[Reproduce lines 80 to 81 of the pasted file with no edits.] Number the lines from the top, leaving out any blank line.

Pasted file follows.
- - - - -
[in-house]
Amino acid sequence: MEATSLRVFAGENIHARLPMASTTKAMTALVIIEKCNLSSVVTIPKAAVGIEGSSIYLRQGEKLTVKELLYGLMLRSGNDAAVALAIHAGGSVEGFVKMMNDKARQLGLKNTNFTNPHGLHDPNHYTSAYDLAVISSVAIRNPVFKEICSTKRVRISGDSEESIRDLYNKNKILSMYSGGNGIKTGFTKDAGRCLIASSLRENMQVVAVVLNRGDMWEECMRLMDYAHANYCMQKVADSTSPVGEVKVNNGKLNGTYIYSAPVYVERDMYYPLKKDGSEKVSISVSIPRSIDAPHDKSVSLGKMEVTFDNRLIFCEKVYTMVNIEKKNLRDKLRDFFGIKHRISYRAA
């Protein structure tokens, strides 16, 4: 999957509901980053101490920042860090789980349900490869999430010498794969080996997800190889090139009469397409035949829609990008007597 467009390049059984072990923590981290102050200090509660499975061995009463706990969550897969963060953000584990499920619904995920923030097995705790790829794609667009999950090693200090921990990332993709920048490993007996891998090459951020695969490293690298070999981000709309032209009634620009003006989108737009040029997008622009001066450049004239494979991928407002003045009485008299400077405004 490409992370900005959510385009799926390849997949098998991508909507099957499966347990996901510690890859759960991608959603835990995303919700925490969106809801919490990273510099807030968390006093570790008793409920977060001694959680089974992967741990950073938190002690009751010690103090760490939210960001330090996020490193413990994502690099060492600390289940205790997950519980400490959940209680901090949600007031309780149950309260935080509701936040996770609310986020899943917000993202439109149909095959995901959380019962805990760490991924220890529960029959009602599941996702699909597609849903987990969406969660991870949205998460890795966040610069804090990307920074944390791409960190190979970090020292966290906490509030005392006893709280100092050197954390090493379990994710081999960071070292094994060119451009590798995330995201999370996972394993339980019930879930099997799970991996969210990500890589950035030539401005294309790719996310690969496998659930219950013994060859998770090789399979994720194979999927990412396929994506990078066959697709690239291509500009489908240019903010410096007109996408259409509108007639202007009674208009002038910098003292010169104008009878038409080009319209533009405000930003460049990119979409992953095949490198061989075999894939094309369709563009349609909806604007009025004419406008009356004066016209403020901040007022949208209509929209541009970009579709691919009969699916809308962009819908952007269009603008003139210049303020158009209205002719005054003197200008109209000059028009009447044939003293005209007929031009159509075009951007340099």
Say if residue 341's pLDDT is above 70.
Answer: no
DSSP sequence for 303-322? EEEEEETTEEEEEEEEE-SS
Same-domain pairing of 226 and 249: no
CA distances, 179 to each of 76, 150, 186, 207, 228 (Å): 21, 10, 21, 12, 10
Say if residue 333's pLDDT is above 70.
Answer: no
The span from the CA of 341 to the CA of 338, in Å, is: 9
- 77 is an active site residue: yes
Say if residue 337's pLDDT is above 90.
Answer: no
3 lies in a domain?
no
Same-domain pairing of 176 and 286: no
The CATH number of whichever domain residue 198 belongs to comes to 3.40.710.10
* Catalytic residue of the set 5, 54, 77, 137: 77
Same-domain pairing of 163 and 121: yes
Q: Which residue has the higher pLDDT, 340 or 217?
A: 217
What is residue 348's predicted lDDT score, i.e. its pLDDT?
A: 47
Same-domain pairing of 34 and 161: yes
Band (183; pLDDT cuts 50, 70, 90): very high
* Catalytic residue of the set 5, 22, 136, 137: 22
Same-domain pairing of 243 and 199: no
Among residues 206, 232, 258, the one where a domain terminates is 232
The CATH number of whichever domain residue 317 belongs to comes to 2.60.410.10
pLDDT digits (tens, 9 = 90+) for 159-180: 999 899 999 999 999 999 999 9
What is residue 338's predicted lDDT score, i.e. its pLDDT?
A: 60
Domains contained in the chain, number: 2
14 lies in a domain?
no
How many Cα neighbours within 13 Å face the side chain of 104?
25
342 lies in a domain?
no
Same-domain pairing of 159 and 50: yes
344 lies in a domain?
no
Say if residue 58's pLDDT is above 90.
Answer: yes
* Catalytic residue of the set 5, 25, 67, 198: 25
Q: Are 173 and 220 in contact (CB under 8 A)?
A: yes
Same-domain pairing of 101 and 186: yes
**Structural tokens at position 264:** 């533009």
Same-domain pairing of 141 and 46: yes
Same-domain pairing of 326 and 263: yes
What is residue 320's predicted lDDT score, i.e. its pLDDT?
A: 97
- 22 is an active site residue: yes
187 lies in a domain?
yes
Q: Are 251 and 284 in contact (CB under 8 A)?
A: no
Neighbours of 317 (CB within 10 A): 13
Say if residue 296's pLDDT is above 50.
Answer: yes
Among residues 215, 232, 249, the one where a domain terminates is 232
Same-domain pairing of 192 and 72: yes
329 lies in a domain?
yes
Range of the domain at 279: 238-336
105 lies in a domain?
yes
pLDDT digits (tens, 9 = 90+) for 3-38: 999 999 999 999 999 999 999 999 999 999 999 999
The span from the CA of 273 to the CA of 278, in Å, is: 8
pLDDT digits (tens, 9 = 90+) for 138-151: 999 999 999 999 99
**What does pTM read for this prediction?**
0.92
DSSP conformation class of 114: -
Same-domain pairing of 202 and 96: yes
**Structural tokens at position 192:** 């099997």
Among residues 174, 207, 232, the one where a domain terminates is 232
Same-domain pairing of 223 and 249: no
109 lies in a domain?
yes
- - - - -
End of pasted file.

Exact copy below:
109 lies in a domain?
yes